How to Paint Brick – Painting Exposed Bricks
Exposed brick is one of the most popular ways to add modern style to an older house. Even though exposed brick happens to be on trend, this look has been popular during many different eras. One simply has to look at old photographs of New York City apartments or Baltimore rowhouses to see the exposed interior brick wall in action. If you have exposed brick in your home, or are planning to expose brick hidden away beneath another surface, here are some important considerations.
How to Prepare the Brick
If your old house has an exposed brick wall that is already clean and sealed, some earlier resident saved you a lot of time and effort. It takes a bit of effort to make exposed brick look its best. This is especially true if the brick is hidden beneath another material, like plaster. Removal of the covering surface may involved careful chiseling…not to mention a lot of dust. Whatever the state of your brick, it likely requires cleaning with a large wire brush and water. You might be surprised how much filth can accumulate on interior bricks over many years.
Once the brick is clean and any mortar joint problems repaired, it is important to seal the brick. Brick and mortar are not completely solid materials. Bits of brick and mortar chip and flake away over time, adding tiny bits of mess to your home. To prevent this, sealants are used over the entire surface of the exposed wall. These sealants can be glossy or matte in finish, with several levels of variation in between.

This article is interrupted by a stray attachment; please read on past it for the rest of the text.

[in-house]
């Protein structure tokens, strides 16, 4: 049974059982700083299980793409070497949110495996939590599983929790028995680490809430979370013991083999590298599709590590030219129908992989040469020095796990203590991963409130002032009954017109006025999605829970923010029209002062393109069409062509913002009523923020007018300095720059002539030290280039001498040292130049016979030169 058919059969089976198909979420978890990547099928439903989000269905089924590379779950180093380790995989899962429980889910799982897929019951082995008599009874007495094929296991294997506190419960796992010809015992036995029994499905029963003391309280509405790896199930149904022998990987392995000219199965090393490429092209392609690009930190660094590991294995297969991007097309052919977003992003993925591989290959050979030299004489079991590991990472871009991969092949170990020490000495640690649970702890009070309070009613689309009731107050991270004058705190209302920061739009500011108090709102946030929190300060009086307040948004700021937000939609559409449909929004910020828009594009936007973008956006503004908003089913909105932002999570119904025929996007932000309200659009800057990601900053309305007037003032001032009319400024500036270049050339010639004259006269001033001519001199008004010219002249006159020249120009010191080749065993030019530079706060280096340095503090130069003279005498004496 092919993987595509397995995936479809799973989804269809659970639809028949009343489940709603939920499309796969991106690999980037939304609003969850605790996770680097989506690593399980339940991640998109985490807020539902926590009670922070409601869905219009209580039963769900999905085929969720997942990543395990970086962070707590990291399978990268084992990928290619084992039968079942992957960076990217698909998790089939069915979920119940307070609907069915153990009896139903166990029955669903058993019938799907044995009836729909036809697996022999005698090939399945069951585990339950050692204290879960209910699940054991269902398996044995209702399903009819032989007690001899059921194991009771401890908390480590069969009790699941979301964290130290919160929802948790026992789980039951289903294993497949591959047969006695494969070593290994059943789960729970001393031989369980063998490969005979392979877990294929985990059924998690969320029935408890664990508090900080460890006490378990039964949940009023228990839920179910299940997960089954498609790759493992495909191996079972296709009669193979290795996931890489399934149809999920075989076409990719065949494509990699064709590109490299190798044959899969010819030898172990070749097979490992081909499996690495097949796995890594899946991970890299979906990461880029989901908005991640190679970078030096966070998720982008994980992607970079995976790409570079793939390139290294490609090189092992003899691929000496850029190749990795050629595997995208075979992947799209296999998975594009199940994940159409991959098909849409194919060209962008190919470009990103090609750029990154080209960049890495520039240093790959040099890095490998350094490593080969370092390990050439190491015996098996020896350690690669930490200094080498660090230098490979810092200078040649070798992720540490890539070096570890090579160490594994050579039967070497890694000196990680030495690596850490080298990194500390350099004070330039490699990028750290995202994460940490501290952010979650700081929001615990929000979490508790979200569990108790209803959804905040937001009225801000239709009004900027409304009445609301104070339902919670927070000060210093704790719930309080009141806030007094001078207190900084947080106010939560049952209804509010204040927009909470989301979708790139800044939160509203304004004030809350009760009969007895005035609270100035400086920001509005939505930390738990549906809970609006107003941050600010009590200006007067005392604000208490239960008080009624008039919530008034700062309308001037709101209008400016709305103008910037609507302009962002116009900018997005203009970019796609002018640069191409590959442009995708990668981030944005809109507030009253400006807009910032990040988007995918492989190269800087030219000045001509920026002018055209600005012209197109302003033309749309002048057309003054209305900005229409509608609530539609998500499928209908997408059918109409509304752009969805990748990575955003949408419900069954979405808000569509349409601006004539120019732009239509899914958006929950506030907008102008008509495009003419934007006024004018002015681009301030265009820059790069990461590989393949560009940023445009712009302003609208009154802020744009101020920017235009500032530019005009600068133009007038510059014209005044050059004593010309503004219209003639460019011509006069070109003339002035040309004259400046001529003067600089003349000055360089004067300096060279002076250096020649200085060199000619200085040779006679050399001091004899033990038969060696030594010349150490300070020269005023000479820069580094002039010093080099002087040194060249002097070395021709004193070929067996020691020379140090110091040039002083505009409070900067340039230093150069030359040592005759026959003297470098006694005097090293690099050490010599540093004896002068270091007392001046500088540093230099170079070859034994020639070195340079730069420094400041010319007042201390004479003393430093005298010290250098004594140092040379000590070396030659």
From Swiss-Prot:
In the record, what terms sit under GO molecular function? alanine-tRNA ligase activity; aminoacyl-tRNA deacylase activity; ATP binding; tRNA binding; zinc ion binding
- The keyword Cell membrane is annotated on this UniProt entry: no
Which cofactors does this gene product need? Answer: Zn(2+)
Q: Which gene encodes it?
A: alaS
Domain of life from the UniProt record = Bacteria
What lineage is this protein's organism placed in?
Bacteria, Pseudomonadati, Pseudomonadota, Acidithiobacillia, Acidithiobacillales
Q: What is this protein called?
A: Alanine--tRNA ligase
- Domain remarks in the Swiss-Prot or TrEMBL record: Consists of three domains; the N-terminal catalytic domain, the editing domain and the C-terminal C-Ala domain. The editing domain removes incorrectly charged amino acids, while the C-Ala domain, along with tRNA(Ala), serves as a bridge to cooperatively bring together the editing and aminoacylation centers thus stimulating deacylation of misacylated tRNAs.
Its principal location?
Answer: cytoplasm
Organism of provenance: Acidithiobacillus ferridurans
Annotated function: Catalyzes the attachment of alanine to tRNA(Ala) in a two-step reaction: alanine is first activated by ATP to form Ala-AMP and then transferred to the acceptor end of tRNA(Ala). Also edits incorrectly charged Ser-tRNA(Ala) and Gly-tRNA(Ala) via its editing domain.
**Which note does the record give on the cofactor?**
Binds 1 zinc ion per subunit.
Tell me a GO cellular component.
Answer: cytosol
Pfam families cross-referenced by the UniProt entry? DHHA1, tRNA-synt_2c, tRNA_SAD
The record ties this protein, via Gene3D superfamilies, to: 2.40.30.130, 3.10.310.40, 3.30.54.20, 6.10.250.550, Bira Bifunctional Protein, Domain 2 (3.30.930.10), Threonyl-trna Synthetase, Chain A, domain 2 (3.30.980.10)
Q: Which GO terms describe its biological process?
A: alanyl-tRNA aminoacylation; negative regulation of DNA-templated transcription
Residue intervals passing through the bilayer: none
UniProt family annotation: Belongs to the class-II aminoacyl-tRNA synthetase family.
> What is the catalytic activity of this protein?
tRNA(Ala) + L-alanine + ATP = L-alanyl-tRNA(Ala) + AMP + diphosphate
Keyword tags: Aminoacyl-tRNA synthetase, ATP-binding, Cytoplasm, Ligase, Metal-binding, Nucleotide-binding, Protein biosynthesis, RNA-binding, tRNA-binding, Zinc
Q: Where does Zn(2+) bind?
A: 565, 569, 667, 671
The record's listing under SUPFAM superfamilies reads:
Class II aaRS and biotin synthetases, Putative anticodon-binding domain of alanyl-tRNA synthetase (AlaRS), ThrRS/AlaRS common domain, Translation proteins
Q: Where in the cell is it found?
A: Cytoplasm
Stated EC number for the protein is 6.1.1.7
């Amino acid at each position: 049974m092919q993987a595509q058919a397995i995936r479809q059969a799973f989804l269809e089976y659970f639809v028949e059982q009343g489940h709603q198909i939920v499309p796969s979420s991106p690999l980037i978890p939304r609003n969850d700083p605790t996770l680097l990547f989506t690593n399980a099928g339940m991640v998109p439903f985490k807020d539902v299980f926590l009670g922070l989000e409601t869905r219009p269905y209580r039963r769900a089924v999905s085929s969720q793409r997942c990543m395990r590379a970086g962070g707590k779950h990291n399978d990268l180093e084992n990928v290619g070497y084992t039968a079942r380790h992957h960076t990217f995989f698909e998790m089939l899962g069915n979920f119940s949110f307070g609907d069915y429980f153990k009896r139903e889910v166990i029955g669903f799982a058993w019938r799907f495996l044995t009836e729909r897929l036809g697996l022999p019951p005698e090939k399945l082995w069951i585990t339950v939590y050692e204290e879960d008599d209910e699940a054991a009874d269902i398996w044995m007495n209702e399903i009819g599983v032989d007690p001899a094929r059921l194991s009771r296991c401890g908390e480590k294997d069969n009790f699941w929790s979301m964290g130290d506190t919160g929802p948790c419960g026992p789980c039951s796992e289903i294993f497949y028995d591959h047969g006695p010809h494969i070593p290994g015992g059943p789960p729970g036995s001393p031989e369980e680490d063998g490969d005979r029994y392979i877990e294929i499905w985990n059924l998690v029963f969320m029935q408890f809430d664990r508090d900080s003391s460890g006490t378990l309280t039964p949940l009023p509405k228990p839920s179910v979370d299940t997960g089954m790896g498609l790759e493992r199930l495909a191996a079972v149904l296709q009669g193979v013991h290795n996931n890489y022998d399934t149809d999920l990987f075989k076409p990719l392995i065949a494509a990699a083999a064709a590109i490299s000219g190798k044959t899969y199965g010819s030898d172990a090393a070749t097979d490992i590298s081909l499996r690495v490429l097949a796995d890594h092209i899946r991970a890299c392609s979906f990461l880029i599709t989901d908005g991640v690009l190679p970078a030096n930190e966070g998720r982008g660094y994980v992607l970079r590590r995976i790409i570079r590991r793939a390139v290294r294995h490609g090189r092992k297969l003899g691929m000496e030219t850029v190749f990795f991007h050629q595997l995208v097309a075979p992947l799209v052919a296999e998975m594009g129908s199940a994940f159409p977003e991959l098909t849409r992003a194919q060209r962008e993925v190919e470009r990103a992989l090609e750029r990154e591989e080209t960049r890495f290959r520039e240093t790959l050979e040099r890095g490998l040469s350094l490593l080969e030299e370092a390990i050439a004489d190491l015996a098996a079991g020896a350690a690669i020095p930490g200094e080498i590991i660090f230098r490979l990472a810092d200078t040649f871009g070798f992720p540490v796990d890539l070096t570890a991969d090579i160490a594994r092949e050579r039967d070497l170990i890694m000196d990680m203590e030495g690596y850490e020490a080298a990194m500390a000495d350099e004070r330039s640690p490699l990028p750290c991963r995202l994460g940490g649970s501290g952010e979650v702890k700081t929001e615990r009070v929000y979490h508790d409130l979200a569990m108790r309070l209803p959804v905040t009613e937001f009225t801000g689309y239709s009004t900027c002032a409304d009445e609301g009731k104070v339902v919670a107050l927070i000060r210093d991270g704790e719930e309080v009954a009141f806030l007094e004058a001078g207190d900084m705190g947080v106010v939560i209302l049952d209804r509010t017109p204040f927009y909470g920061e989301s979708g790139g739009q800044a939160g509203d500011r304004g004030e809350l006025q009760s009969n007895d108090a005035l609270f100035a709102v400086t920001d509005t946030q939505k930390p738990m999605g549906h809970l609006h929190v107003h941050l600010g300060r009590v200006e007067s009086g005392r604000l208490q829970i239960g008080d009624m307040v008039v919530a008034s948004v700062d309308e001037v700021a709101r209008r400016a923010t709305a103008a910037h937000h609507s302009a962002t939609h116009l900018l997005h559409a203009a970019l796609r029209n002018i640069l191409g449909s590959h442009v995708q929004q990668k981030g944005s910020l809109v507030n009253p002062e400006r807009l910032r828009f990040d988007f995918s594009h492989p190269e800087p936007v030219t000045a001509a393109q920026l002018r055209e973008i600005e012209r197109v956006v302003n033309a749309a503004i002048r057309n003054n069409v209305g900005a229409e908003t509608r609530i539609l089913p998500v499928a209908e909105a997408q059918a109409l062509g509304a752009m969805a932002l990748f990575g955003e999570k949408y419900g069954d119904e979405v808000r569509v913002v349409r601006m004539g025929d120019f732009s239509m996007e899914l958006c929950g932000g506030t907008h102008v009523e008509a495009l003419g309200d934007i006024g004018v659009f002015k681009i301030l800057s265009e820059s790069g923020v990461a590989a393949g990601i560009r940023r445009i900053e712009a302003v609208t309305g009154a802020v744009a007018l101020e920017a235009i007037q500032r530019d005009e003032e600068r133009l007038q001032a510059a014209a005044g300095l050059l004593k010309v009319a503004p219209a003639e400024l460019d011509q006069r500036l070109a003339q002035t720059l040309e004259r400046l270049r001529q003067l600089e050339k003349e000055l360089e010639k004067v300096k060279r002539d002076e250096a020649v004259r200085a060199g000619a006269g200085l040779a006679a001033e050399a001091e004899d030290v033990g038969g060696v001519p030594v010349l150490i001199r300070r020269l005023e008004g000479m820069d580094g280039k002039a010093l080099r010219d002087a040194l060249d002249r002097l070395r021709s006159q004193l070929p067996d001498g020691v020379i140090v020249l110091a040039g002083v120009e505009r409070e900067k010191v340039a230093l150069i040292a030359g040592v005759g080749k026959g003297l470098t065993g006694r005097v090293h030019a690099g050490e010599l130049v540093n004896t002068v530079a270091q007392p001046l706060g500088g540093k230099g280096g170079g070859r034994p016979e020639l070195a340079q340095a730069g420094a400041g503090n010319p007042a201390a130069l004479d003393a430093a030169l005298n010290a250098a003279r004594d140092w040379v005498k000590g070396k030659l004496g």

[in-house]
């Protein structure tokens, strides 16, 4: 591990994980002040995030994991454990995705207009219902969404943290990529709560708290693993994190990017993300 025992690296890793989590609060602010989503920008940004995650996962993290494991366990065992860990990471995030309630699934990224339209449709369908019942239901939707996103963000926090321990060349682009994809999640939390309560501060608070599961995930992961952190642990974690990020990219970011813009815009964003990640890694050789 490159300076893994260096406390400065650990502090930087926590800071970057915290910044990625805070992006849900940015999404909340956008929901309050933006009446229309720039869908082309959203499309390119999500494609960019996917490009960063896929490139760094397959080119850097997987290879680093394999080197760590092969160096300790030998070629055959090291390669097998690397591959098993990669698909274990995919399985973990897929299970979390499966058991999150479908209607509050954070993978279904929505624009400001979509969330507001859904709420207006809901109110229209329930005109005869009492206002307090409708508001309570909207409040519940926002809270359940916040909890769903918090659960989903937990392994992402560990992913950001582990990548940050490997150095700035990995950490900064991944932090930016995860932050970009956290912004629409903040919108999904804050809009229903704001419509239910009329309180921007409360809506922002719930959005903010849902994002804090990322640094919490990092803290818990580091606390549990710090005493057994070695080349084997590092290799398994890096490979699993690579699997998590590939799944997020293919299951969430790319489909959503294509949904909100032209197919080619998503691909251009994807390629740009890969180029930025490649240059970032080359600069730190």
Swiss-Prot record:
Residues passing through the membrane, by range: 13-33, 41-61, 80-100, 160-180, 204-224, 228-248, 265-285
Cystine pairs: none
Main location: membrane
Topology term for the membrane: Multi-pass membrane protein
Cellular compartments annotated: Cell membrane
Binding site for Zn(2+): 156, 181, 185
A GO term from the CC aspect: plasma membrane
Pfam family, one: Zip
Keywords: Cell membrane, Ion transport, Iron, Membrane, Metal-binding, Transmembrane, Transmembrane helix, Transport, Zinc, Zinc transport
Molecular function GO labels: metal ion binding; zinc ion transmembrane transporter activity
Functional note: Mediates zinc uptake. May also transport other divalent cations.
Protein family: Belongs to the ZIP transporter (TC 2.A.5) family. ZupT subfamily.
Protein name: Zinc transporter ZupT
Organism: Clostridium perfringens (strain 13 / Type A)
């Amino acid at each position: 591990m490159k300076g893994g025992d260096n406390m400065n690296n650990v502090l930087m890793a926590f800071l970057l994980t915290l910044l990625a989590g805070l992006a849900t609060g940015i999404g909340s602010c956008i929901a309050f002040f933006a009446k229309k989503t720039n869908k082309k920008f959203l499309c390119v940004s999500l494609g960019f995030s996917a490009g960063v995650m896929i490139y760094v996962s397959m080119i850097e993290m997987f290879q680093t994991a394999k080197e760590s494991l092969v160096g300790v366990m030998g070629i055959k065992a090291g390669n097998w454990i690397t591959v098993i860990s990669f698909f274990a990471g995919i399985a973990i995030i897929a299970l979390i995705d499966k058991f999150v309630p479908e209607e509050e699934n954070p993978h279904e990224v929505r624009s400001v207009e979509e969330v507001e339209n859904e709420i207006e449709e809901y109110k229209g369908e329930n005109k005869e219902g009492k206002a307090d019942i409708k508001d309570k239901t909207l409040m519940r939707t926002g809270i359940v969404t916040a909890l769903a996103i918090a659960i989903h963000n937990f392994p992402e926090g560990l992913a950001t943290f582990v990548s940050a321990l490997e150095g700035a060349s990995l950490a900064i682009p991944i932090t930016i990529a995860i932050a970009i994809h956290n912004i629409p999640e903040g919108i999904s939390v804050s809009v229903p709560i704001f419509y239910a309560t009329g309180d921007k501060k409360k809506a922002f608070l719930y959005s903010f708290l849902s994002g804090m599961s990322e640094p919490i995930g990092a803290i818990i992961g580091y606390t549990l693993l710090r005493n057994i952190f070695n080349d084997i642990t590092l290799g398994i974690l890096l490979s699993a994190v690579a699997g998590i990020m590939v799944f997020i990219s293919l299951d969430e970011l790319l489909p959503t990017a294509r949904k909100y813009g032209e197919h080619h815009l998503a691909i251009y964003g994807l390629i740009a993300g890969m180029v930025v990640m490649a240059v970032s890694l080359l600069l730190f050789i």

To Paint or Not to Paint
In some cases, old brick is so dirty, stained, or badly preserved that the only way to make it presentable is with paint. In other cases, you may want to paint your brick to match the other colors in your room. Painting brick has its advantages; two coats of paint eliminates the need for the sealing process described above.
Painting brick requires a little more muscle than painting a normal wall, but the process is much more forgiving. One of the best ways to approach a large exposed brick wall is with 1) one roller with a long nap, and 2) one large brush that you won’t mind throwing away at the end of the project. Of course, if this isn’t a solo project you may purchase additional pieces of equipment.
Alternately, a rented paint sprayer can get the job done in no time. Some feel that it is more suited to the task than brushes and rollers because of the way it gets paint into every nook and cranny with very little effort. For DIYers, the paint sprayer method can be challenging, as paint sprayers clog easily.
Of course, the easiest way to get your exposed brick wall finished and/or painted is to have All American Painting Plus do it for you. We can expose any brick in your house, no matter what covers it. We can clean it without getting your home dusty, and paint/seal it for an impressive finish. Whether you choose All American Painting Plus or decide to do the job yourself, we wish you the best of luck with your exposed brick walls!